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Website Scraping - Part 1 - Fetching a website with NodeJS

·689 words·4 mins
Sebastian Scheibe
Sebastian Scheibe

You maybe might be in the same position, you want to gather some data of different objects (like financial data from different entities) from a website, and you copy/paste thousands times from website to your local worksheet. The work of collection makes you exhausting. Believe me, I have been there as you did.

To collect and format data more efficiently and nicely, we will create a little program to solve the problem for us. Afterwards, it will only take a few seconds to retrieve the online data.

The article is split into two parts:

  • The first part introduces how to locate the data points we want in the HTML of the website.
  • The second part shows you how to apply that knowledge in an automated way with a small NodeJS script.

This part is going to start with an example of collecting financial information of Apple Inc. from a stock market website,
 The URL path is: .

The approach I will show is based on the assumption that there is no API available which could be used directly. In the case of, they render the data on the server, which means the rendered page needs to be parsed. So let us do that!

Now, to help us research how to get to the precious data, let us make use of jQuery. It has the same interface as cheerio, which will be used later.

To use jQuery on the current website, execute the following in the developer console. It adds a script tag to the website which will load the jQuery library for our use.

var script = document.createElement('script');script.src = "";document.getElementsByTagName('head')[0].appendChild(script);

Then the $ should be available. In case it is not available, maybe due to CSR policy of the website, the last option is to copy the content of <em></em> and paste and execute it in the developer console.

Give it a test and select all input tags on the website:


You should now see that there are some input tags found by the jQuery selector. This is great, the groundwork is laid for our adventure!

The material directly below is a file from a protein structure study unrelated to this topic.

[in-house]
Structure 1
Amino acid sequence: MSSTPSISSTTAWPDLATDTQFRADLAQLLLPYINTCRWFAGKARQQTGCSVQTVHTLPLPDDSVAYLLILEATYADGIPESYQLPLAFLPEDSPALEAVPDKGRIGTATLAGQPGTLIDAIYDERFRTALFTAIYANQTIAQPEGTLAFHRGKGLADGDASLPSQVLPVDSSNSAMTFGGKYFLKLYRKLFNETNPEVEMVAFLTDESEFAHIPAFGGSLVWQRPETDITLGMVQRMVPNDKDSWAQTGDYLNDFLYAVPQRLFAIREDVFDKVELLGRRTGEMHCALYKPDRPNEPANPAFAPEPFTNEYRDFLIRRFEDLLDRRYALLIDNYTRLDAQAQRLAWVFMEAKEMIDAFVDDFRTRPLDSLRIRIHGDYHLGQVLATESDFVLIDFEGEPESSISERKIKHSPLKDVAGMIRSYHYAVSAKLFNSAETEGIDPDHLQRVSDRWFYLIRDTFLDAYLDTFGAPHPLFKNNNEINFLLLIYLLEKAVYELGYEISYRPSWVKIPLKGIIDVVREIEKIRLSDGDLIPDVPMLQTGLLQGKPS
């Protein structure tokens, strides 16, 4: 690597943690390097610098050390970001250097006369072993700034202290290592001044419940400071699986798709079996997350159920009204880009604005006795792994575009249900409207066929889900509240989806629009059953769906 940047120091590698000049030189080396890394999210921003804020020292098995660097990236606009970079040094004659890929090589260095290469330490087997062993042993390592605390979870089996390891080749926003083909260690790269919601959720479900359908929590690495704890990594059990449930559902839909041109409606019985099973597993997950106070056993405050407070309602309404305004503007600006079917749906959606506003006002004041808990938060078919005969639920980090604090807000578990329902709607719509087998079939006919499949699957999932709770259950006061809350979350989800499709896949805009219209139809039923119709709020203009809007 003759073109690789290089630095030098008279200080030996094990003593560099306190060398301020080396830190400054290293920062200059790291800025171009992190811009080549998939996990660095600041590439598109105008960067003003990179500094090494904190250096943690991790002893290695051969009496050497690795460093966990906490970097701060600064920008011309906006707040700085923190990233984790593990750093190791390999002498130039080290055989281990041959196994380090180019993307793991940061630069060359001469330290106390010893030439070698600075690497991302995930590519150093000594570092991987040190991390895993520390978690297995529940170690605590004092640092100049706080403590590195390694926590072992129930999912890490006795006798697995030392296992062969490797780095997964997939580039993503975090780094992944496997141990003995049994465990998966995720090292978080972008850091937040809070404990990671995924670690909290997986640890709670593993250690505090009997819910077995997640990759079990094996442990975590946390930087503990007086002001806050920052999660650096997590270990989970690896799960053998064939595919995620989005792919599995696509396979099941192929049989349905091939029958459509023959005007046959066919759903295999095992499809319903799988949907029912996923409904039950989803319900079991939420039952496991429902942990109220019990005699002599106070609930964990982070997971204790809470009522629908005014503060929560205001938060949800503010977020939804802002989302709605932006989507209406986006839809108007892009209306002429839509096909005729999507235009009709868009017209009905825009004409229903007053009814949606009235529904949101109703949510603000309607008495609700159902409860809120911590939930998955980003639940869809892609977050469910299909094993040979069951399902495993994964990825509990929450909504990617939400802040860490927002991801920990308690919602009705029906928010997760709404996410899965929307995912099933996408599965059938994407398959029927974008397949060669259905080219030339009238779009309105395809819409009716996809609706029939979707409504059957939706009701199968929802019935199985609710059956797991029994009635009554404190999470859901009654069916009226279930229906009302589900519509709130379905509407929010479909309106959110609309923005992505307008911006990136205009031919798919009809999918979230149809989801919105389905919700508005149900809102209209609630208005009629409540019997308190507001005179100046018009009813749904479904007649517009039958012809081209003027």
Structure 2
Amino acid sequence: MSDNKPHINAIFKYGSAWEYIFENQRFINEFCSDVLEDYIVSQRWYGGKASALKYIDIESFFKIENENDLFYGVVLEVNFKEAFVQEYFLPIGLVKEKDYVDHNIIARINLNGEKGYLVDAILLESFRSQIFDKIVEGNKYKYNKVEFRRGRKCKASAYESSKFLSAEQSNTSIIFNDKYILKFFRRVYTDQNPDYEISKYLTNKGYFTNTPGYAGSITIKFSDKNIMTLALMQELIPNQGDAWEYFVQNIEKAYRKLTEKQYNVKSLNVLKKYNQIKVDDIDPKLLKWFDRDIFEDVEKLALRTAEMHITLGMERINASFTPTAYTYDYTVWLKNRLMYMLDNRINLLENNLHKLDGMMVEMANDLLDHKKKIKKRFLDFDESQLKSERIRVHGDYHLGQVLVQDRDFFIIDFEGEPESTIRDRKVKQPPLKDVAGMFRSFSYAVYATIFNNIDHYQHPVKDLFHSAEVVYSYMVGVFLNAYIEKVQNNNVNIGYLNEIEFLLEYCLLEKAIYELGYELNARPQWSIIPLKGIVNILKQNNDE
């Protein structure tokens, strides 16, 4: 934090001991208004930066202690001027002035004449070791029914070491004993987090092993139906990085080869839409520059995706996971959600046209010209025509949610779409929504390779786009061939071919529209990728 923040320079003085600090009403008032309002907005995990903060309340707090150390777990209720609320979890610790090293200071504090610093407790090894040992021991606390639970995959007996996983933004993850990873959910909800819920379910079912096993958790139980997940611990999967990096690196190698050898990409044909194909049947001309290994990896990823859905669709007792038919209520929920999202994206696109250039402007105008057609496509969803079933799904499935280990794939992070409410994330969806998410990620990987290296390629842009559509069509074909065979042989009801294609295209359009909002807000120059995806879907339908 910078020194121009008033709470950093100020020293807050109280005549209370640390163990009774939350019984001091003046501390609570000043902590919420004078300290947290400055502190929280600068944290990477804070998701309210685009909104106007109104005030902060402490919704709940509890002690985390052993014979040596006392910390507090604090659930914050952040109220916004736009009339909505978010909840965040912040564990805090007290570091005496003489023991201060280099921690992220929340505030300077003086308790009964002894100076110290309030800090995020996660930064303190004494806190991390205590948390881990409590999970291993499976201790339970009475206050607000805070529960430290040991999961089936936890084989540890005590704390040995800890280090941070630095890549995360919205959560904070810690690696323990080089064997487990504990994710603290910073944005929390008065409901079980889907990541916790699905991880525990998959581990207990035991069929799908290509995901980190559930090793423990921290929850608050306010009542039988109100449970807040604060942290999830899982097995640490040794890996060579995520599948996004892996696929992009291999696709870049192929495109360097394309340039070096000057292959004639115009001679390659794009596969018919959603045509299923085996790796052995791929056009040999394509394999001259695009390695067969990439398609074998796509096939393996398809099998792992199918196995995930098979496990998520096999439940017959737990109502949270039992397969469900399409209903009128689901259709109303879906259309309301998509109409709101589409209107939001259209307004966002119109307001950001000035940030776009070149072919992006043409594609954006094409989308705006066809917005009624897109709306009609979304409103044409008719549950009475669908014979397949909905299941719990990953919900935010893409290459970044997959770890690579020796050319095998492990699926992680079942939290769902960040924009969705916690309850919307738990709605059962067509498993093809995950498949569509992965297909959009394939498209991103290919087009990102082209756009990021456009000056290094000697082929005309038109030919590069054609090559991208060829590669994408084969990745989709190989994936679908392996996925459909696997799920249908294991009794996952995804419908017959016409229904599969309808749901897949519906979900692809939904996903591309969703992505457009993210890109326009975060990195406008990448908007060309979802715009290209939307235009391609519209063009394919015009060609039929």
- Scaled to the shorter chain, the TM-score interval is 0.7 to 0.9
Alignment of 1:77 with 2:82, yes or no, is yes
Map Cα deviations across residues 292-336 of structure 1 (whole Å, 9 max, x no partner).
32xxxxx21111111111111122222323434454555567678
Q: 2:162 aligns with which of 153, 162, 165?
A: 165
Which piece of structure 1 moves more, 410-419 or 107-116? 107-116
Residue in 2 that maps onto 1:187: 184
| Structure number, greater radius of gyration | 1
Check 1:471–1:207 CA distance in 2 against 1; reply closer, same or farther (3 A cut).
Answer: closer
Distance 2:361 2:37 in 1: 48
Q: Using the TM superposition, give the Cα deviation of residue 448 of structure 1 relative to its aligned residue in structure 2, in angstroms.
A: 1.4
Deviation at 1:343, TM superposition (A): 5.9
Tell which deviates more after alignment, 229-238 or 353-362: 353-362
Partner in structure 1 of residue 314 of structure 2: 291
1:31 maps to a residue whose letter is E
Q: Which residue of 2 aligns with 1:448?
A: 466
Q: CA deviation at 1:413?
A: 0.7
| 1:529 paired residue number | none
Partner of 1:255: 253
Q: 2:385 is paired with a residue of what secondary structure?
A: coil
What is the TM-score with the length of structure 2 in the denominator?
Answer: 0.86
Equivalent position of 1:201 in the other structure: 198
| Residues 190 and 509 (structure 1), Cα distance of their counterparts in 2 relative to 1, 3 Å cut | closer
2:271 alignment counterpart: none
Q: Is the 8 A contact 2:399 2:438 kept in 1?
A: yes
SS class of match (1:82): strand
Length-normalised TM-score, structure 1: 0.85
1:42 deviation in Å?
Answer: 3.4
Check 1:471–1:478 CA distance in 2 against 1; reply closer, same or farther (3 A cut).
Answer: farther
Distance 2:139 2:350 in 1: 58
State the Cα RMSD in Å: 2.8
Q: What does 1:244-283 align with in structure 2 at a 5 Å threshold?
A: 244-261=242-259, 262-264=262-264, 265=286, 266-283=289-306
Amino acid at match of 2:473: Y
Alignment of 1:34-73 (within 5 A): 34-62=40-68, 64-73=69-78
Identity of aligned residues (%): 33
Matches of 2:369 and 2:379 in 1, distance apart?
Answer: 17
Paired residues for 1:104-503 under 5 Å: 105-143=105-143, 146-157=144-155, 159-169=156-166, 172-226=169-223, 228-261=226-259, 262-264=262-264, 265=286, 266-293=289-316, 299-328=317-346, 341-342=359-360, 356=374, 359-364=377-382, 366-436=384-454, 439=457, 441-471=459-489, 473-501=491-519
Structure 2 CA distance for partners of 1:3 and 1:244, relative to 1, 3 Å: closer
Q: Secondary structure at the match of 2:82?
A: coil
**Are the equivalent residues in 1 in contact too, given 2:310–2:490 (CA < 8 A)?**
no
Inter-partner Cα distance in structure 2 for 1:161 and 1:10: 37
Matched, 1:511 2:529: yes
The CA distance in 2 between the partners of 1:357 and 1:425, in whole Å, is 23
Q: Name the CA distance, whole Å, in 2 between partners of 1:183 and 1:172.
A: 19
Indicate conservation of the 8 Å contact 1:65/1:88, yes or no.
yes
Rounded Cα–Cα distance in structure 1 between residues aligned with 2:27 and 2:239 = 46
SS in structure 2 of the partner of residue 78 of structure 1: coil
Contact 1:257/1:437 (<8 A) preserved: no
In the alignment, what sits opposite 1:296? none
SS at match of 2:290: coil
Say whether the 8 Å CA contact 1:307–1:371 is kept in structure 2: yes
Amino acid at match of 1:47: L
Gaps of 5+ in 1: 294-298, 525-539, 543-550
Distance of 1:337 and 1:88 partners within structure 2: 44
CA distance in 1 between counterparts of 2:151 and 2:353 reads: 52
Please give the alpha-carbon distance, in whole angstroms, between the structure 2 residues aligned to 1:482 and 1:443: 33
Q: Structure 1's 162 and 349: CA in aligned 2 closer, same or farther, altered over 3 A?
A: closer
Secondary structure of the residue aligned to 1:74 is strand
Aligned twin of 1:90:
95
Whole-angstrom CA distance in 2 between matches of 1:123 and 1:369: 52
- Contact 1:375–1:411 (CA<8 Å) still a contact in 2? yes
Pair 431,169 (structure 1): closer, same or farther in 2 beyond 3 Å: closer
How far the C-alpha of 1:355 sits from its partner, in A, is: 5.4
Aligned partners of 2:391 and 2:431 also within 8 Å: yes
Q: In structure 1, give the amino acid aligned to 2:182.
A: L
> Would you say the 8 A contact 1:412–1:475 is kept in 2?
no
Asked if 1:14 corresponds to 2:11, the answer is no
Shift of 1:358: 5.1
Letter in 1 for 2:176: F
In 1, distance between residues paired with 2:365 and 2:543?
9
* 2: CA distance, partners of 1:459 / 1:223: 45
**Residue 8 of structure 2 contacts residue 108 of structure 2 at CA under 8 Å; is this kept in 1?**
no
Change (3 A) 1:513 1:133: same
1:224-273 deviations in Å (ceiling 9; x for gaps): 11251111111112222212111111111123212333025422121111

Now, let us see how we can select the data we want, in this case, the financial data of the stocks of brand with a bitten fruit.

The data we are interested here are the sales from the year 2015 to 2019, the question is, how can we extract them? Well, you might have guessed it, with the jQuery selector. Let us have a look at the HTML of it. With the element selector of your developers tools, you can select the element in the view.

After selecting a field, the element will be located in the HTML.

Looking at the surrounding HTML, there is a div tag with the class financials. Inside of that tag is the actual table tag, which has a tbody tag. That one contains a tr tag which contains the td tags with our precious data we want to collect! I hope you could follow me here so far :)

Let us try to come up with a selector that will work for jQuery. Clearly the financials class looks like a perfect anchor, due to being unique in the HTML. Next let us try to select only the class valueCell.

$('.financials td.valueCell')

Now this is a bit to broad and we have too many valueCell class tags selected, we need to narrow it down a bit. After looking at what kind of other tags were selected, it seems that we need to constrain it down to the first row of valueCell class tags. Luckily, there is a tr tag which has the class partialSum.

$('.financials tr.partialSum:nth-child(1) td.valueCell')

This leaves us with exact the cells we want to look up! Next step is too use it in our automation!


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Originally published at <em></em> on May 4, 2020.